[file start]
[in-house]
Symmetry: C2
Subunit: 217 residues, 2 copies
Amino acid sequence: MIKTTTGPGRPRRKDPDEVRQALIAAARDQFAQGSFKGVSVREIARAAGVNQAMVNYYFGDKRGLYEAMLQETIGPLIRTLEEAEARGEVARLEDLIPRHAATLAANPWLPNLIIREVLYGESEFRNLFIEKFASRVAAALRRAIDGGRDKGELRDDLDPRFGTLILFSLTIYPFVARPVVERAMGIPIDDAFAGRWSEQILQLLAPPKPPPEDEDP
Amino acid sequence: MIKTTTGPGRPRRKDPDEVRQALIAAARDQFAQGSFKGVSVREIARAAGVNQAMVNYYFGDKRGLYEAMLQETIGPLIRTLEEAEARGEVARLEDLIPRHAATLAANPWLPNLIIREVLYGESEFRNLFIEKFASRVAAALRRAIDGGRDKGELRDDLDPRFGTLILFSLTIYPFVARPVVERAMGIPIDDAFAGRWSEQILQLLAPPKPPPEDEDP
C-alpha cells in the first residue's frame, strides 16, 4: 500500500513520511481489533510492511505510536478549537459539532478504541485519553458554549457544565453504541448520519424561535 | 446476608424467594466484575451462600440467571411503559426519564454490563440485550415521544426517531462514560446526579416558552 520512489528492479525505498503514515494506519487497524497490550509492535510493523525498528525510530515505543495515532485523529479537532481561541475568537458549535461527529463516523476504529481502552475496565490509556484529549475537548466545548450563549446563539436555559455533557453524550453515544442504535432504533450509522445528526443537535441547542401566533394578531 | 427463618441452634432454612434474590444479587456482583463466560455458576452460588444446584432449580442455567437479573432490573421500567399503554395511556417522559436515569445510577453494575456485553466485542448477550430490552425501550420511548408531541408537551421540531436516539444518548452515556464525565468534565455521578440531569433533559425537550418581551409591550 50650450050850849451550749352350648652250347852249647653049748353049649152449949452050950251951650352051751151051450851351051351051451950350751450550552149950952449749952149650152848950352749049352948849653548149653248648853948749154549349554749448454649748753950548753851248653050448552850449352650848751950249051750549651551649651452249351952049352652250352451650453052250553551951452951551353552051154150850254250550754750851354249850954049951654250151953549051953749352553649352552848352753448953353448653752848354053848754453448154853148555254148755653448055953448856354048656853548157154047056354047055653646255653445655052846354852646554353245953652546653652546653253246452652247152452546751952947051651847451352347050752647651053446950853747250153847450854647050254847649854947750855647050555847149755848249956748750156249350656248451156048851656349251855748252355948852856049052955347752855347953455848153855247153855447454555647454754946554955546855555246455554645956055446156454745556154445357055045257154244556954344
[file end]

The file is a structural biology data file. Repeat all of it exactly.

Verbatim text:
[in-house]
Symmetry: C2
Subunit: 217 residues, 2 copies
Amino acid sequence: MIKTTTGPGRPRRKDPDEVRQALIAAARDQFAQGSFKGVSVREIARAAGVNQAMVNYYFGDKRGLYEAMLQETIGPLIRTLEEAEARGEVARLEDLIPRHAATLAANPWLPNLIIREVLYGESEFRNLFIEKFASRVAAALRRAIDGGRDKGELRDDLDPRFGTLILFSLTIYPFVARPVVERAMGIPIDDAFAGRWSEQILQLLAPPKPPPEDEDP
Amino acid sequence: MIKTTTGPGRPRRKDPDEVRQALIAAARDQFAQGSFKGVSVREIARAAGVNQAMVNYYFGDKRGLYEAMLQETIGPLIRTLEEAEARGEVARLEDLIPRHAATLAANPWLPNLIIREVLYGESEFRNLFIEKFASRVAAALRRAIDGGRDKGELRDDLDPRFGTLILFSLTIYPFVARPVVERAMGIPIDDAFAGRWSEQILQLLAPPKPPPEDEDP
C-alpha cells in the first residue's frame, strides 16, 4: 500500500513520511481489533510492511505510536478549537459539532478504541485519553458554549457544565453504541448520519424561535 | 446476608424467594466484575451462600440467571411503559426519564454490563440485550415521544426517531462514560446526579416558552 520512489528492479525505498503514515494506519487497524497490550509492535510493523525498528525510530515505543495515532485523529479537532481561541475568537458549535461527529463516523476504529481502552475496565490509556484529549475537548466545548450563549446563539436555559455533557453524550453515544442504535432504533450509522445528526443537535441547542401566533394578531 | 427463618441452634432454612434474590444479587456482583463466560455458576452460588444446584432449580442455567437479573432490573421500567399503554395511556417522559436515569445510577453494575456485553466485542448477550430490552425501550420511548408531541408537551421540531436516539444518548452515556464525565468534565455521578440531569433533559425537550418581551409591550 50650450050850849451550749352350648652250347852249647653049748353049649152449949452050950251951650352051751151051450851351051351051451950350751450550552149950952449749952149650152848950352749049352948849653548149653248648853948749154549349554749448454649748753950548753851248653050448552850449352650848751950249051750549651551649651452249351952049352652250352451650453052250553551951452951551353552051154150850254250550754750851354249850954049951654250151953549051953749352553649352552848352753448953353448653752848354053848754453448154853148555254148755653448055953448856354048656853548157154047056354047055653646255653445655052846354852646554353245953652546653652546653253246452652247152452546751952947051651847451352347050752647651053446950853747250153847450854647050254847649854947750855647050555847149755848249956748750156249350656248451156048851656349251855748252355948852856049052955347752855347953455848153855247153855447454555647454754946554955546855555246455554645956055446156454745556154445357055045257154244556954344